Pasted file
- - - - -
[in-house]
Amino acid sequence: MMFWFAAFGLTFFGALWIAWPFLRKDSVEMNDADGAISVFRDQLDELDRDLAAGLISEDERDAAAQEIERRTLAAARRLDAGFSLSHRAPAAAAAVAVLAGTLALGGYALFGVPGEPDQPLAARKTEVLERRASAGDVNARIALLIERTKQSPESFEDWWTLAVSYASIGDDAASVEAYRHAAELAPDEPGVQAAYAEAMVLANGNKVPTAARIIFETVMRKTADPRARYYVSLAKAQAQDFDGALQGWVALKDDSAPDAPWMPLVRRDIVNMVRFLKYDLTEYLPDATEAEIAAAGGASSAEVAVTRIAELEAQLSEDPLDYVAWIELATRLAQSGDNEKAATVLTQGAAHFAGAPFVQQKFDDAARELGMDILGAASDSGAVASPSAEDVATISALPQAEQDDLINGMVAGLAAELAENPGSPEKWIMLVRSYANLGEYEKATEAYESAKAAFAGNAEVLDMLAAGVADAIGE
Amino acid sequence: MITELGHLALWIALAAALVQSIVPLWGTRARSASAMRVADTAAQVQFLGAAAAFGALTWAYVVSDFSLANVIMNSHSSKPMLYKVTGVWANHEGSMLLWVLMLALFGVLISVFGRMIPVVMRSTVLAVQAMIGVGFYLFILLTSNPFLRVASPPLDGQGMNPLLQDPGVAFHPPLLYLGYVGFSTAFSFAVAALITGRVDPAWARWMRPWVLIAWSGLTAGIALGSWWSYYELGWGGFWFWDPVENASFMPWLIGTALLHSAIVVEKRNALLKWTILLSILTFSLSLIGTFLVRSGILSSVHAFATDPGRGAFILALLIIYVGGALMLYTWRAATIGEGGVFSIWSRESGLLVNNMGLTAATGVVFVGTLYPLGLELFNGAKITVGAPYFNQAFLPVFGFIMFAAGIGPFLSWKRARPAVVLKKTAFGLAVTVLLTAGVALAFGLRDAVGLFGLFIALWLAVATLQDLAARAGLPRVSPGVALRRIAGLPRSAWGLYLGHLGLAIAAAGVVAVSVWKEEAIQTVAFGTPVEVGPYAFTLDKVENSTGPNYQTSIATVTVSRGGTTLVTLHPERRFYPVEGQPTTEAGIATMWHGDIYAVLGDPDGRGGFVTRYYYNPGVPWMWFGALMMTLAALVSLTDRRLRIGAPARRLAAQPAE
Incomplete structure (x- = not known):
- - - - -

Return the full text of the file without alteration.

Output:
[in-house]
Amino acid sequence: MMFWFAAFGLTFFGALWIAWPFLRKDSVEMNDADGAISVFRDQLDELDRDLAAGLISEDERDAAAQEIERRTLAAARRLDAGFSLSHRAPAAAAAVAVLAGTLALGGYALFGVPGEPDQPLAARKTEVLERRASAGDVNARIALLIERTKQSPESFEDWWTLAVSYASIGDDAASVEAYRHAAELAPDEPGVQAAYAEAMVLANGNKVPTAARIIFETVMRKTADPRARYYVSLAKAQAQDFDGALQGWVALKDDSAPDAPWMPLVRRDIVNMVRFLKYDLTEYLPDATEAEIAAAGGASSAEVAVTRIAELEAQLSEDPLDYVAWIELATRLAQSGDNEKAATVLTQGAAHFAGAPFVQQKFDDAARELGMDILGAASDSGAVASPSAEDVATISALPQAEQDDLINGMVAGLAAELAENPGSPEKWIMLVRSYANLGEYEKATEAYESAKAAFAGNAEVLDMLAAGVADAIGE
Amino acid sequence: MITELGHLALWIALAAALVQSIVPLWGTRARSASAMRVADTAAQVQFLGAAAAFGALTWAYVVSDFSLANVIMNSHSSKPMLYKVTGVWANHEGSMLLWVLMLALFGVLISVFGRMIPVVMRSTVLAVQAMIGVGFYLFILLTSNPFLRVASPPLDGQGMNPLLQDPGVAFHPPLLYLGYVGFSTAFSFAVAALITGRVDPAWARWMRPWVLIAWSGLTAGIALGSWWSYYELGWGGFWFWDPVENASFMPWLIGTALLHSAIVVEKRNALLKWTILLSILTFSLSLIGTFLVRSGILSSVHAFATDPGRGAFILALLIIYVGGALMLYTWRAATIGEGGVFSIWSRESGLLVNNMGLTAATGVVFVGTLYPLGLELFNGAKITVGAPYFNQAFLPVFGFIMFAAGIGPFLSWKRARPAVVLKKTAFGLAVTVLLTAGVALAFGLRDAVGLFGLFIALWLAVATLQDLAARAGLPRVSPGVALRRIAGLPRSAWGLYLGHLGLAIAAAGVVAVSVWKEEAIQTVAFGTPVEVGPYAFTLDKVENSTGPNYQTSIATVTVSRGGTTLVTLHPERRFYPVEGQPTTEAGIATMWHGDIYAVLGDPDGRGGFVTRYYYNPGVPWMWFGALMMTLAALVSLTDRRLRIGAPARRLAAQPAE
Incomplete structure (x- = not known):